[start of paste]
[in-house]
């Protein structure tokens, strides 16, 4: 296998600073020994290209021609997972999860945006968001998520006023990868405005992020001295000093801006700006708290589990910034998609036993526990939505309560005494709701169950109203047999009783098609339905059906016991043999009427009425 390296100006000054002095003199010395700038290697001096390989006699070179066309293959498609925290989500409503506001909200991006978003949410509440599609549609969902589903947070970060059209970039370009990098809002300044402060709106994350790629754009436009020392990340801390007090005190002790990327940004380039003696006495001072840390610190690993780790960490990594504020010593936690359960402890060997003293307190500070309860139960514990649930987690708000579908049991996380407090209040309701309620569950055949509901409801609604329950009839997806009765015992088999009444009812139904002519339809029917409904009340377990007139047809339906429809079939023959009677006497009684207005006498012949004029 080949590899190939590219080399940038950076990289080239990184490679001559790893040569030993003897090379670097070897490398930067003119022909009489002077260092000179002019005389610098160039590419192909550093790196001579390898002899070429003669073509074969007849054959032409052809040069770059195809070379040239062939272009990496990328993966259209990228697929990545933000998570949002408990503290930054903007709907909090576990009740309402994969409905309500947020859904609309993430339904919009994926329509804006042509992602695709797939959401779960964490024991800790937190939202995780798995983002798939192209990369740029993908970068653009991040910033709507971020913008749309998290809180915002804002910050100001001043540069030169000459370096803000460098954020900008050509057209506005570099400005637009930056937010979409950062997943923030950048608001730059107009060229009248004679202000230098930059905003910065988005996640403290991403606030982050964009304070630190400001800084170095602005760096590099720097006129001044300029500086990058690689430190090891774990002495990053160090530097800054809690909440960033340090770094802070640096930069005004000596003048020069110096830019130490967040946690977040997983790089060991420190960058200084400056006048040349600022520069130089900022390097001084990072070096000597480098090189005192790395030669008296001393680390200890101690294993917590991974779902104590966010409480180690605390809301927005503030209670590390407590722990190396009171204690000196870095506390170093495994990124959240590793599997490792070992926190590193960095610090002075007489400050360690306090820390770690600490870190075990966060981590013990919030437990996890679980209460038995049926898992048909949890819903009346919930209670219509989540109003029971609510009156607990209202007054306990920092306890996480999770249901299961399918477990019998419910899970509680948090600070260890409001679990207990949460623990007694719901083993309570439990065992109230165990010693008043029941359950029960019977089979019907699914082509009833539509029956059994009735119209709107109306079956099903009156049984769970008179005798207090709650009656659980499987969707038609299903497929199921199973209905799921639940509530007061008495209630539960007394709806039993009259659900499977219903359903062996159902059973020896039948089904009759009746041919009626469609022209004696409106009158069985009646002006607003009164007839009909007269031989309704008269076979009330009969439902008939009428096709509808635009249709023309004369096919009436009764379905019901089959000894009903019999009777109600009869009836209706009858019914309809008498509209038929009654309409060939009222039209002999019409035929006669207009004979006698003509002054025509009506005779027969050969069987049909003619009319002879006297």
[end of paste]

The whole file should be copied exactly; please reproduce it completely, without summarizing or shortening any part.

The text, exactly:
[in-house]
């Protein structure tokens, strides 16, 4: 296998600073020994290209021609997972999860945006968001998520006023990868405005992020001295000093801006700006708290589990910034998609036993526990939505309560005494709701169950109203047999009783098609339905059906016991043999009427009425 390296100006000054002095003199010395700038290697001096390989006699070179066309293959498609925290989500409503506001909200991006978003949410509440599609549609969902589903947070970060059209970039370009990098809002300044402060709106994350790629754009436009020392990340801390007090005190002790990327940004380039003696006495001072840390610190690993780790960490990594504020010593936690359960402890060997003293307190500070309860139960514990649930987690708000579908049991996380407090209040309701309620569950055949509901409801609604329950009839997806009765015992088999009444009812139904002519339809029917409904009340377990007139047809339906429809079939023959009677006497009684207005006498012949004029 080949590899190939590219080399940038950076990289080239990184490679001559790893040569030993003897090379670097070897490398930067003119022909009489002077260092000179002019005389610098160039590419192909550093790196001579390898002899070429003669073509074969007849054959032409052809040069770059195809070379040239062939272009990496990328993966259209990228697929990545933000998570949002408990503290930054903007709907909090576990009740309402994969409905309500947020859904609309993430339904919009994926329509804006042509992602695709797939959401779960964490024991800790937190939202995780798995983002798939192209990369740029993908970068653009991040910033709507971020913008749309998290809180915002804002910050100001001043540069030169000459370096803000460098954020900008050509057209506005570099400005637009930056937010979409950062997943923030950048608001730059107009060229009248004679202000230098930059905003910065988005996640403290991403606030982050964009304070630190400001800084170095602005760096590099720097006129001044300029500086990058690689430190090891774990002495990053160090530097800054809690909440960033340090770094802070640096930069005004000596003048020069110096830019130490967040946690977040997983790089060991420190960058200084400056006048040349600022520069130089900022390097001084990072070096000597480098090189005192790395030669008296001393680390200890101690294993917590991974779902104590966010409480180690605390809301927005503030209670590390407590722990190396009171204690000196870095506390170093495994990124959240590793599997490792070992926190590193960095610090002075007489400050360690306090820390770690600490870190075990966060981590013990919030437990996890679980209460038995049926898992048909949890819903009346919930209670219509989540109003029971609510009156607990209202007054306990920092306890996480999770249901299961399918477990019998419910899970509680948090600070260890409001679990207990949460623990007694719901083993309570439990065992109230165990010693008043029941359950029960019977089979019907699914082509009833539509029956059994009735119209709107109306079956099903009156049984769970008179005798207090709650009656659980499987969707038609299903497929199921199973209905799921639940509530007061008495209630539960007394709806039993009259659900499977219903359903062996159902059973020896039948089904009759009746041919009626469609022209004696409106009158069985009646002006607003009164007839009909007269031989309704008269076979009330009969439902008939009428096709509808635009249709023309004369096919009436009764379905019901089959000894009903019999009777109600009869009836209706009858019914309809008498509209038929009654309409060939009222039209002999019409035929006669207009004979006698003509002054025509009506005779027969050969069987049909003619009319002879006297």